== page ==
I note too that in the global crisis situation Russia’s membership in the WTO could create additional difficulties in regions with little economic diversification, in single-industry towns, for example. The closure of loss-making, ineffective companies, especially big enterprises, could increase unemployment and create social risks. There is also the risk of regional budgets seeing their revenue fall. Ultimately, this could increase the gap between regions in terms of social and economic development, and this is a serious challenge. We must minimise these risks and negative effects and protect our people’s interests.
Colleagues, we discussed this a year ago in the previous Government, and together with the previous Presidential Executive Office began to draft a package of measures to reduce these risks. We are here now to discuss these measures.
The Government is to draw up an action plan for adapting particular economic sectors to the new situation that our WTO membership creates. Some of the required measures have already been carried out, but these are just the first steps. We now have to make a thorough analysis of the situation at every level of government, identify the systemic, sector-specific, and regional problems, and act fast to solve them.
Of course, we must make a serious effort to establish the institutional structures and mechanisms that will protect and promote our country’s interests, including within the WTO’s dispute resolution body. In this respect I want to draw the following points to your attention.
“The Government is to draw up an action plan for adapting particular economic sectors to the new situation that our WTO membership creates. We now have to make a thorough analysis of the situation at every level of government, identify the systemic, sector-specific, and regional problems, and act fast to solve them.”
First, we are to make a comprehensive assessment of the effect WTO membership will have on our labour market. Unemployment has fallen steadily over the last decade in Russia. Even during the most difficult period, the crisis year of 2009, unemployment was only 8.4 percent, and today it is not more than 5.2 percent of the working population.
We should maintain these positive trends and not allow unemployment to rise in the single-industry towns and regions with a high concentration of businesses in the risk groups I mentioned before. The Labour Ministry and the Government’s economic officials have to analyse thoroughly the effects joining the WTO will have on our labour market and propose within the coming months specific measures to minimise the negative effects.
Second, as I said, we will continue to protect our industry’s interests. Our partners all do this, whether the EU countries, the USA, or other WTO members. We too should draft a package of long-term measures to protect key economic sectors. These measures are needed at both the federal and regional level.
But I want to stress that support should go first and foremost to companies that are examples of best production practice. Only effective companies producing competitive goods that have a future should receive this support. Propping up technologically backward businesses, poor quality products and low-paid jobs is a dead-end road. In their respect it is other issues – social issues – that we have to resolve.
Third, WTO membership will require all of the economic agencies to improve their work, and we will need to improve the quality of our economic diplomacy. Russia’s trade missions abroad have the task of monitoring the situation on foreign markets and signalling hostile action taken towards Russian companies. The Economic Development, Trade and Industry, and Foreign Ministries, for their part, must act to remove discriminatory sanctions imposed on our companies.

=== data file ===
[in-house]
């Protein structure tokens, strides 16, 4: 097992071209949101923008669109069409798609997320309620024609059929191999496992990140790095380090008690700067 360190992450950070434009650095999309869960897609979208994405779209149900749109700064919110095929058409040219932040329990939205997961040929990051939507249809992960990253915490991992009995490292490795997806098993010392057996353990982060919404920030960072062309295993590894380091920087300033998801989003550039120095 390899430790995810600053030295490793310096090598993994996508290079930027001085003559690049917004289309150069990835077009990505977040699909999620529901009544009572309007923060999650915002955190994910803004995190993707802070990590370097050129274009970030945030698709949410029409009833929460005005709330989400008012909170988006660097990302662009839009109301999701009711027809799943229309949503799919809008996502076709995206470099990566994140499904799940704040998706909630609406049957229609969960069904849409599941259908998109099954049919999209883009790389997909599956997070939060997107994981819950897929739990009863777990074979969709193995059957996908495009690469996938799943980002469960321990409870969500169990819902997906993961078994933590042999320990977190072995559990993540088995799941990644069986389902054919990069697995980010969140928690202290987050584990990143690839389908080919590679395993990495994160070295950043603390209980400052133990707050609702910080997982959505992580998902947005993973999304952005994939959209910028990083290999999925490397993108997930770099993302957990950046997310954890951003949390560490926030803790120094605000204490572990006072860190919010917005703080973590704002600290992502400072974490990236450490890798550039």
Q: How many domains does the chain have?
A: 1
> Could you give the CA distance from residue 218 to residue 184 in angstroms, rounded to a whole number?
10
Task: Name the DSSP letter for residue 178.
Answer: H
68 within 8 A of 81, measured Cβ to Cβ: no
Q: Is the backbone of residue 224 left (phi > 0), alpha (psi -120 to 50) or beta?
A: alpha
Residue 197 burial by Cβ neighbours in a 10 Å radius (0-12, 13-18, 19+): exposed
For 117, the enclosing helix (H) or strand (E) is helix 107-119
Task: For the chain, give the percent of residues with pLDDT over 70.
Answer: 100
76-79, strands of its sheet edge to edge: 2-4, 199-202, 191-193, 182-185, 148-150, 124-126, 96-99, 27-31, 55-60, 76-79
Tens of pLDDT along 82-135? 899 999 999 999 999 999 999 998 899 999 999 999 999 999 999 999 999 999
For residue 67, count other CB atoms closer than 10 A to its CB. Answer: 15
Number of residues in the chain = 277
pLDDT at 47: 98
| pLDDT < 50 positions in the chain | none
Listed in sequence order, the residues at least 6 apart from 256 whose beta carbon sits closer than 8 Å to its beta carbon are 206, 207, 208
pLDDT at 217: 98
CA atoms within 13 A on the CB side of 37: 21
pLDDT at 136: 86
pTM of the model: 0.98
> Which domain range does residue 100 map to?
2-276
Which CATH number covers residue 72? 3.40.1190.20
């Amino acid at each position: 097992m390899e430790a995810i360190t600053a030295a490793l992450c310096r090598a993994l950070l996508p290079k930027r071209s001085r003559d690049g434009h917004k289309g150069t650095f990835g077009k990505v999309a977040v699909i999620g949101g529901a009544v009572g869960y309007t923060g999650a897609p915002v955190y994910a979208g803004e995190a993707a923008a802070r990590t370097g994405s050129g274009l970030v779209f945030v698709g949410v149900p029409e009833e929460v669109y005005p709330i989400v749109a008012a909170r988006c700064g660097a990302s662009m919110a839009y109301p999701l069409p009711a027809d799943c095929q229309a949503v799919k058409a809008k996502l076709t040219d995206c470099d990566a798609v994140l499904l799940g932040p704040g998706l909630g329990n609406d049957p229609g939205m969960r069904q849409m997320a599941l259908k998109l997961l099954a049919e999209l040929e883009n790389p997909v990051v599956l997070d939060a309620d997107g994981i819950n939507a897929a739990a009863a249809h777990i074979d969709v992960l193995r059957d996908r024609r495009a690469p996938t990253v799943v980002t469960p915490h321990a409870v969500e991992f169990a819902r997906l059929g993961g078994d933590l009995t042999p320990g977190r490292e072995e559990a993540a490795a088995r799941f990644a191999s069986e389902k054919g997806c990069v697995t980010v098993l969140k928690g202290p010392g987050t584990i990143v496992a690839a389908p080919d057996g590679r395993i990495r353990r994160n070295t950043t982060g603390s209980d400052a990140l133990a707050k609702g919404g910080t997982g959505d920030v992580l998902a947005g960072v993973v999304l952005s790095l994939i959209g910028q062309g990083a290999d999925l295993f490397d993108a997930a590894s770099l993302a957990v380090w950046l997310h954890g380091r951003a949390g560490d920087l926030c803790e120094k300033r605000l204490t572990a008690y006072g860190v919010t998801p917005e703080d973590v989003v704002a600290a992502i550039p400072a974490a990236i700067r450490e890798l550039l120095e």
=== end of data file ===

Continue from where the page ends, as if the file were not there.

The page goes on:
It is of principle importance that all of the basic information on our economy’s functioning within the WTO is open and that Russian business has access to it. In this respect, I ask the Economic Development Ministry to organise publication of an electronic bulletin on WTO issues and publish all of the documents on its official website.
“Joining the WTO offers us many new tactical and strategic advantages and will encourage our economic development and help to raise people’s living standards. But we must take all possible steps to protect ourselves against the potential risks too, and reliably guarantee our country’s and people’s security.”
The fourth point is closely linked to the third point. We are to train people able to provide qualified assistance in securing Russian companies’ interests in the new environment and take an active part in working in the WTO’s key organisations.
The qualities and skills that people who will work in this area should have is also something we are to discuss today. I would like to hear the views of the Economic Development Ministry and Foreign Ministry representatives present.
Finally, Russia must continue its integration into the global economy. We are currently continuing our negotiations on joining the Organisation for Economic Cooperation and Development and hope to complete the accession process soon. This is something we also have to keep in mind for the future.
Colleagues, resolving all of these tasks will require systemic and coordinated work from every branch of power and all of the regions, as well as from the business community and public organisations. I am sure that this cooperation will go ahead.
Let me say again that joining the WTO offers us many new tactical and strategic advantages and will encourage our economic development and help to raise people’s living standards. But we must take all possible steps to protect ourselves against the potential risks too, and reliably guarantee our country’s and people’s security. This is clearly a very complex matter that concerns the interests and possibilities of many ministries and agencies, and this is why we decided to meet in this expanded format today to discuss this issue in the Security Council.
Let’s start work.